Most of the results are shown in both tables and charts, the latter consisting of isopleths of heat or of luminous solar radiation, with hour angles of the sun as ordinates and days of the successive months as abscissas, except that the daily totals of radiation on a horizontal surface on the 21st of each month are shown by means of radiation isograms on outline maps of the United States.

The effect of surface slope on solar radiation intensities is brieby considered.] [Requests for separates may now be addressed to the Chief, U. S. Weather Bureau, Washington, D. C., and will be honored as far as limited supply permits.]

Bibliographic note on sunshine in the United States. R. DeC. Ward.

Note on comparisons between pyrheliometers and on the difference between Ångström standard and the Smithsonian Standard. A. Ångström.

A new instrument for measuring sky radiation. A. Ångström. (2 figs.) Some problems relating to the scattered radiation from the sky. A. Ångström. (Fig.)

Temperatures in New York Subways. (2 figs.)

[Temperatures after the beginning of operation were 11 to 20° F. higher than before. Could this have been due to the combined effect of human and mechanical heat? Before operation the average temperature, about 54° F. nearly coincided with the mean annual temperature of the air at New York City, 52° F. The range of average temperature 39° to 69° F. in the subways is only two-thirds the range of mean monthly air temperature at New York City. Cold days outside are cold days in the subways and warm days are warm outside and in: evidently the ventilation is good. The temperature variability is less than half as great in the subways as outside.]

Parade ground temperatures at College Station, Tex. C. F. Brooks.

[On the afternoon of a sunny June day when the air temperature was 101° F., the temperature of the dry dust in the sun was 142° F. and that of short, green grass, 120° F.]

Forecasting tide stages in the harbor at Portland, Oregon. E. L. Wells (2 fi s.)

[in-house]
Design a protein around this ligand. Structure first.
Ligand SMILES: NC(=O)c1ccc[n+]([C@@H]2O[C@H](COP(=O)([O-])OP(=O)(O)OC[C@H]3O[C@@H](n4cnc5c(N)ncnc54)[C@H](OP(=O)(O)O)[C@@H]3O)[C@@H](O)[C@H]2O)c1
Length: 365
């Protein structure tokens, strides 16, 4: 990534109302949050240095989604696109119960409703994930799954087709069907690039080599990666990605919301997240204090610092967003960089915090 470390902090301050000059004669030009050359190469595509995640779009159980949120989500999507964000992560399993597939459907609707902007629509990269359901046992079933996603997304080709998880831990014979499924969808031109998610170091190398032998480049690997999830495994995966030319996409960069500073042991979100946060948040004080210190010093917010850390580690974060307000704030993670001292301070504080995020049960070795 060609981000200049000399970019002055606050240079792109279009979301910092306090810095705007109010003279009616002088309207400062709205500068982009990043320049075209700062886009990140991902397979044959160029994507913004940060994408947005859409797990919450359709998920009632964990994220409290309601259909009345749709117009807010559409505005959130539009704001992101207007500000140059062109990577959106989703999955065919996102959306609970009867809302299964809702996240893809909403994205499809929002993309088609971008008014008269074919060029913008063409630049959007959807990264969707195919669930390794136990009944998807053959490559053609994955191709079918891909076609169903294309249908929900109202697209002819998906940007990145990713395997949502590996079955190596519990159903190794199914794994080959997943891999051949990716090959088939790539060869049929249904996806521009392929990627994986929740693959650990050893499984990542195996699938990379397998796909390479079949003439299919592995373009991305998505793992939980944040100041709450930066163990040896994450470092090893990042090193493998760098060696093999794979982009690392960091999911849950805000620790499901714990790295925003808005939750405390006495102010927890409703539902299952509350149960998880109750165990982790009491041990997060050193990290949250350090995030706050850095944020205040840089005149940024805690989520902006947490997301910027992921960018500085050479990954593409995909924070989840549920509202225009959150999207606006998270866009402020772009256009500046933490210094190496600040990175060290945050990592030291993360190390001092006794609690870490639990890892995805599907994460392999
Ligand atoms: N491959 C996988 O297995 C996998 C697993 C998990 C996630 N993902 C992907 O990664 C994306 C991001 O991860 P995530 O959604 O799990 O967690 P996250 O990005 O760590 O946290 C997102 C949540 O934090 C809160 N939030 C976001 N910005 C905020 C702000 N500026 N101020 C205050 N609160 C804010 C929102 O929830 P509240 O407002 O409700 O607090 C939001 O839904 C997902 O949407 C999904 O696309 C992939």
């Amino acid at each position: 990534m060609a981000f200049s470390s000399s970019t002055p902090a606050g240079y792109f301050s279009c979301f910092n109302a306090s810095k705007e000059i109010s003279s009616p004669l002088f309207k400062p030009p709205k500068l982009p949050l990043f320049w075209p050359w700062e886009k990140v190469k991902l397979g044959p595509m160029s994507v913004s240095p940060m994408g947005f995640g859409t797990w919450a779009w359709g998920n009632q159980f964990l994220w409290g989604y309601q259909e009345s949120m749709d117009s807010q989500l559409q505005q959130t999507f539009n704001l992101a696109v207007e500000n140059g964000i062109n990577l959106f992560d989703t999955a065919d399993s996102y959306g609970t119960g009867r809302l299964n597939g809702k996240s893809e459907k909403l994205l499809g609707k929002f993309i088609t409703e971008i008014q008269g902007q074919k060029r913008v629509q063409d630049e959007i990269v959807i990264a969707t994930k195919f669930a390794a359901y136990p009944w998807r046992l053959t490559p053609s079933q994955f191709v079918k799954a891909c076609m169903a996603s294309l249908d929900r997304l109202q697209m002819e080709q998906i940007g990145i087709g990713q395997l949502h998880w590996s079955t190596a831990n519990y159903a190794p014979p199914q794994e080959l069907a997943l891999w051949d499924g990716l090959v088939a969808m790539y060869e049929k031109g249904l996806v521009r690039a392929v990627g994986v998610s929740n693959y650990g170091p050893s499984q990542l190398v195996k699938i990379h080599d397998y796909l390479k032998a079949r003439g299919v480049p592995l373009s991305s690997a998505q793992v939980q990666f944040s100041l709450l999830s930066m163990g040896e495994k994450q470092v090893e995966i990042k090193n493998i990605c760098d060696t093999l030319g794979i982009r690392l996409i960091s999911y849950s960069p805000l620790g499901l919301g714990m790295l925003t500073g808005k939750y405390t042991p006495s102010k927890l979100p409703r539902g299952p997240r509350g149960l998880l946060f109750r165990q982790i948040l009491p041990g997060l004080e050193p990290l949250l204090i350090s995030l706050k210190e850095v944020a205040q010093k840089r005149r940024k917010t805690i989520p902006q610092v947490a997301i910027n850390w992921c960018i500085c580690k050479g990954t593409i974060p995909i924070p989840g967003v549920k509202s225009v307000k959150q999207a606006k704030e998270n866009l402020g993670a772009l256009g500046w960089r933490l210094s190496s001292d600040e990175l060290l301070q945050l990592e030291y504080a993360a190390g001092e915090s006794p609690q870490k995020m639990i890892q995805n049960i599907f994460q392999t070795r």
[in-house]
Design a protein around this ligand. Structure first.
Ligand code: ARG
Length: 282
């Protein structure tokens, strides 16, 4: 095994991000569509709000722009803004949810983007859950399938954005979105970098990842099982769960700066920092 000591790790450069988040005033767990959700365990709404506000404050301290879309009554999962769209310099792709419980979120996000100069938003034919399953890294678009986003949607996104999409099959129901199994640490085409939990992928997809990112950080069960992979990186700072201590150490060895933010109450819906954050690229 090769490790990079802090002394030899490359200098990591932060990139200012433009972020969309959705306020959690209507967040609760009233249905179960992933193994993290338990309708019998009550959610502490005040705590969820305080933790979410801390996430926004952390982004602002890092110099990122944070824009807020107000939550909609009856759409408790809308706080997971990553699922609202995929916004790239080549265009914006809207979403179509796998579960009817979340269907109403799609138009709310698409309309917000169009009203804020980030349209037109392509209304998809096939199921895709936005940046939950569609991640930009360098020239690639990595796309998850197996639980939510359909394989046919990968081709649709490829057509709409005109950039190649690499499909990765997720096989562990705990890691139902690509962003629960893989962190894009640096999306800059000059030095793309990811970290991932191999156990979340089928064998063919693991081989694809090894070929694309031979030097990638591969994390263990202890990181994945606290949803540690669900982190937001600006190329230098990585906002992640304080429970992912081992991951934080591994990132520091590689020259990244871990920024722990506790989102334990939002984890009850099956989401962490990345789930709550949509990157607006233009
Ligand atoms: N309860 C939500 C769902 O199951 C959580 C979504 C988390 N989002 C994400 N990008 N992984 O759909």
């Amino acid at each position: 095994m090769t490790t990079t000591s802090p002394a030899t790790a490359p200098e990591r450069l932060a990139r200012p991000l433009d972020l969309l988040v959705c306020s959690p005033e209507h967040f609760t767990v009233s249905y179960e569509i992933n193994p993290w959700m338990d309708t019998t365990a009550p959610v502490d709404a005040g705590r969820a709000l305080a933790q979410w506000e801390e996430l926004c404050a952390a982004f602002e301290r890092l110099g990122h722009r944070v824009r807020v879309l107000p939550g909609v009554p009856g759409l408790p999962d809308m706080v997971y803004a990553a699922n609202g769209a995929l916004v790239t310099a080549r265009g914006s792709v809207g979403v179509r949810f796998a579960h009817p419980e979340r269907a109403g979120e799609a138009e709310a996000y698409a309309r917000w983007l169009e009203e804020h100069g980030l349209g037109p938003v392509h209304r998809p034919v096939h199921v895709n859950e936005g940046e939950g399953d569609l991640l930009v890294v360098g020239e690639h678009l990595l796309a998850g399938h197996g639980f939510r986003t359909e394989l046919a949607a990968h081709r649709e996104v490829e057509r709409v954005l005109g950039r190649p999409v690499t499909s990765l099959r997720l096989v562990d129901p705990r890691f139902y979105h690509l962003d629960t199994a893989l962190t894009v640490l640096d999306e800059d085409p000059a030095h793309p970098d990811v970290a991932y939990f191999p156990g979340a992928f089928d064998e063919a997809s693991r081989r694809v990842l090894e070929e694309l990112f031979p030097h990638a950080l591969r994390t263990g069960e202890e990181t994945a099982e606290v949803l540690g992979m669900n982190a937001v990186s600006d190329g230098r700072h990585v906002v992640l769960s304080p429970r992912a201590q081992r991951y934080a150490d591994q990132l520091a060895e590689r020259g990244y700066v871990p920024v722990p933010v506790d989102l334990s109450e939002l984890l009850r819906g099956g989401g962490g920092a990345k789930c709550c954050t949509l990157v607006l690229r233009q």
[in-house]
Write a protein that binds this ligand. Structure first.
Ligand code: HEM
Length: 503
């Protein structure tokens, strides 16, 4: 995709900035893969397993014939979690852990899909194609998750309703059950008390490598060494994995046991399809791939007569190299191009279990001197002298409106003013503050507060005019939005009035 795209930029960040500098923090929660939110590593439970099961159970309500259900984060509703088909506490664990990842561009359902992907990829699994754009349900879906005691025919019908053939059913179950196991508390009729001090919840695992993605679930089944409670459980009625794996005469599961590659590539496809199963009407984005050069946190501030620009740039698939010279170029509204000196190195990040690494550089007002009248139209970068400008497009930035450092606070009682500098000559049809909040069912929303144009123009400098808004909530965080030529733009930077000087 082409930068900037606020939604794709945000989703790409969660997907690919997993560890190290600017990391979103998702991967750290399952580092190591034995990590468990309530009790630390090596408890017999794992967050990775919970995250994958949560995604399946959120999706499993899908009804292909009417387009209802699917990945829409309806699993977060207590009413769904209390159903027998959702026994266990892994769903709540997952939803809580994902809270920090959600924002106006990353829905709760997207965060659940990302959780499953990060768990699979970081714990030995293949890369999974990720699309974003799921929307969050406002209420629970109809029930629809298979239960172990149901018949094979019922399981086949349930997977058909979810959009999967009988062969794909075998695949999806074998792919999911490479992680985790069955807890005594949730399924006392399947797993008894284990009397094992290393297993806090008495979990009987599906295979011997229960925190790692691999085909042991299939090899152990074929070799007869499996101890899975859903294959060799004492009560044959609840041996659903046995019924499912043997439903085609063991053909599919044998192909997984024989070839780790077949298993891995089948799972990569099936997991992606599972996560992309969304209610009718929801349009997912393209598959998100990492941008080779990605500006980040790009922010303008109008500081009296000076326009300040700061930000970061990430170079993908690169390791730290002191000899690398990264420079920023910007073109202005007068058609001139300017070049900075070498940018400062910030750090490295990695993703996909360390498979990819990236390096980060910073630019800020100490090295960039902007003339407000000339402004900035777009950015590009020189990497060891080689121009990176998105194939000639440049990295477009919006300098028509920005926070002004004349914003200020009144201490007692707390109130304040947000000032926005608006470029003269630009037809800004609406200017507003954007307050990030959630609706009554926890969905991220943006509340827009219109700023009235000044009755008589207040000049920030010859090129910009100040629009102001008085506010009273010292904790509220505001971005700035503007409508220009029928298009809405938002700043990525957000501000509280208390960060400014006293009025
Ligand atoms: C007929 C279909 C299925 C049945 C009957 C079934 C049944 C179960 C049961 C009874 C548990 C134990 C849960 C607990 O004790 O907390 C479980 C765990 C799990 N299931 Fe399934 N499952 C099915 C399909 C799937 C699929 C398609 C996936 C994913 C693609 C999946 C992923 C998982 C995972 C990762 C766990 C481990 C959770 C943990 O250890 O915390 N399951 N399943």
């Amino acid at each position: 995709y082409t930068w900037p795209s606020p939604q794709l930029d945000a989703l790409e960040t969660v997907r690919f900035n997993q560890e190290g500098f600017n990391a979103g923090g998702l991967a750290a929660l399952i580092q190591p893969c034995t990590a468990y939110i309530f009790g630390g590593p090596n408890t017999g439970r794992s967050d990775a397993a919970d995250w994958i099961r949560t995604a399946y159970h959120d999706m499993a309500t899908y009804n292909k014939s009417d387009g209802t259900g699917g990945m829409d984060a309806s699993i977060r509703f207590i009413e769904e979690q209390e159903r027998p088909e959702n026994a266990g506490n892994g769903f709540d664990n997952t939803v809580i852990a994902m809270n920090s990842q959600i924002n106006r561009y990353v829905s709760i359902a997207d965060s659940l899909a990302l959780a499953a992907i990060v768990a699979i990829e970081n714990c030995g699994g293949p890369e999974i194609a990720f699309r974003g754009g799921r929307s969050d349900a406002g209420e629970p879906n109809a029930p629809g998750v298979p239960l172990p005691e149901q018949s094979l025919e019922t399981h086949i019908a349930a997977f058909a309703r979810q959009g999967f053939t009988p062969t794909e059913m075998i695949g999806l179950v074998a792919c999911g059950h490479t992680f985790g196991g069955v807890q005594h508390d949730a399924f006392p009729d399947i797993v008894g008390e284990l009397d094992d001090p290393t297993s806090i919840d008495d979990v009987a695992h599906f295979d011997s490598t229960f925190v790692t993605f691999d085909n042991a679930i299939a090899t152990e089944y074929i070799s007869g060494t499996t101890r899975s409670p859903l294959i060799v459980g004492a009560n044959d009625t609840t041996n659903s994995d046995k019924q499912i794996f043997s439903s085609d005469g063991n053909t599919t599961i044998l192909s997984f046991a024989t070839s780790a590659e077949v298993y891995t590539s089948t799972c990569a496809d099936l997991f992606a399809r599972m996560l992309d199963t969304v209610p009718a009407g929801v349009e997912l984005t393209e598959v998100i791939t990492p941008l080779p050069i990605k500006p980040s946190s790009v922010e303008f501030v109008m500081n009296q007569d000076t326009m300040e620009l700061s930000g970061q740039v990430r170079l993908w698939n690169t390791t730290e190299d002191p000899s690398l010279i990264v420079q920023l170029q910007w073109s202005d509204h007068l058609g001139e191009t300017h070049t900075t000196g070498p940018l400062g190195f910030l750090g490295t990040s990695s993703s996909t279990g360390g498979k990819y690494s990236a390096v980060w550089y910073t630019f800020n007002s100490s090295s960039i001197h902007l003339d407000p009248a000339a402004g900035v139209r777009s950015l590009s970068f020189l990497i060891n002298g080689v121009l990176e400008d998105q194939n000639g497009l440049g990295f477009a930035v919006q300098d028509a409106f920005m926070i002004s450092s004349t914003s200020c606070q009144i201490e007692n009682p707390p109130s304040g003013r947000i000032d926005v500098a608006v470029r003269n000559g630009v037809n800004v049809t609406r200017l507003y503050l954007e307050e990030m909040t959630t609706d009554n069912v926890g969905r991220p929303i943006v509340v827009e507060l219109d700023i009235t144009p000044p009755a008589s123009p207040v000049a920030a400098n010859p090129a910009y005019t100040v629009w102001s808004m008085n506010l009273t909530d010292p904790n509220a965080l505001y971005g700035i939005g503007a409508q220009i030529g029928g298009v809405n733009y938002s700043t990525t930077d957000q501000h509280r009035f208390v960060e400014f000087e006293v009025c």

[When the water in the Willamette River is low, tides are felt at Portland about 6 hours after the corresponding phases pass the mouth of the Columbia R. With high on-shore winds unusually high tides are sometimes experienced.]

An interesting observation of atmospheric ozone. H. I. Baldwin.

[On the summit of Haystack Mountain [4918 ft.], Sept. 8, 1919, a very strong, pungent odor [probably ozone] was smelt in passing wisps of cloud. The ozone (?) seems to have been formed by silent electrical discharges.]

There are also 24 abstracts or notes, many of them on topics closely associated with the original articles mentioned.


The Congressional document giving an account of the Agricultural Appropriations Committee hearings relative to the Weather Bureau estimates for the coming fiscal year brings out some interesting developments of Weather Bureau work which may begin July 1.

Aerological work. The largest item is an increase of $200,000

"For the establishment and maintenance of additional aerological stations, for observing, measuring, and investigating atmospheric phenomena, and the issuing of weather forecasts, advices and warnings in the aid of military, naval, and civil aeronautics, and in the development of the navigation of the air, including salaries, travel, and all other expenses in the city of Washington and elsewhere."

Marine meteorology.-The next largest item is for $50,000 "For the extension of marine meteorological work, the collection of weather and water temperature reports at sea, the preparation of charts, the determining of fog zones, the distribution of marine meteorological information in the aid of navigation, and to carry out the provisions of the act of Congress approved June 17, 1910 (36 Stat. L., p. 508), for the collecting and furnishing of meteorological information to the Hydrographic Office of the Navy Department for use in the preparation of pilot charts, including salaries, travel, and other expenses in the city of Washington and elsewhere." Forest-fire warnings.—$15,000 is asked

"For the establishment and maintenance of special stations in national forests and elsewhere, the collection of reports and issuing of forecasts and warnings in connection with th protection of forests from fires, in coöperation with the Forest Service, State and other organizations, including salaries, travel, and other expenses in the city of Washington and elsewhere." Miscellaneous.-A number of other items for which additional funds may be appropriated are as follows: